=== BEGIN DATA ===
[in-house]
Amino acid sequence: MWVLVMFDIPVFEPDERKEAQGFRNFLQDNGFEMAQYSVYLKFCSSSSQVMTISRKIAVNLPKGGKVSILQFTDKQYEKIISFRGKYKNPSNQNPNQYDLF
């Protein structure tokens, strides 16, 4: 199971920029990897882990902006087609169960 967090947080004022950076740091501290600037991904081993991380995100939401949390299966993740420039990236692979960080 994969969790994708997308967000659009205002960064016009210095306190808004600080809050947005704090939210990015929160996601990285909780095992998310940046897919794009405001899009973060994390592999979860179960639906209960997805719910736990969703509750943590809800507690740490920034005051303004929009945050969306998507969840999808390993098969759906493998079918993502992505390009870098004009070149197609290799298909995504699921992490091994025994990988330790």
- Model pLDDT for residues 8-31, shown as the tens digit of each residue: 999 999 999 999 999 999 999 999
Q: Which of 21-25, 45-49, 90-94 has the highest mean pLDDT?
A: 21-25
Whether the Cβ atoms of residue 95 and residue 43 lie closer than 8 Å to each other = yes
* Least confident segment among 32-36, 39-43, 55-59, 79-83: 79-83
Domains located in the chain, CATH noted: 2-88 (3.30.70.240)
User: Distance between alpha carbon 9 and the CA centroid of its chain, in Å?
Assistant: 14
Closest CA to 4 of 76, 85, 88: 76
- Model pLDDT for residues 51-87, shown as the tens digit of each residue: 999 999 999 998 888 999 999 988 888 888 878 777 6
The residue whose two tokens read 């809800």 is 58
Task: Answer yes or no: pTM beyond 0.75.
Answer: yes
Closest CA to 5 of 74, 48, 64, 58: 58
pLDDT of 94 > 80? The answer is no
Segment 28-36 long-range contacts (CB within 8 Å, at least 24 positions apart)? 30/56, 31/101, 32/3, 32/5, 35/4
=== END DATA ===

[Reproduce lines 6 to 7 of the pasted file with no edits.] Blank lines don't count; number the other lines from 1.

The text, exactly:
A: 21-25
Whether the Cβ atoms of residue 95 and residue 43 lie closer than 8 Å to each other = yes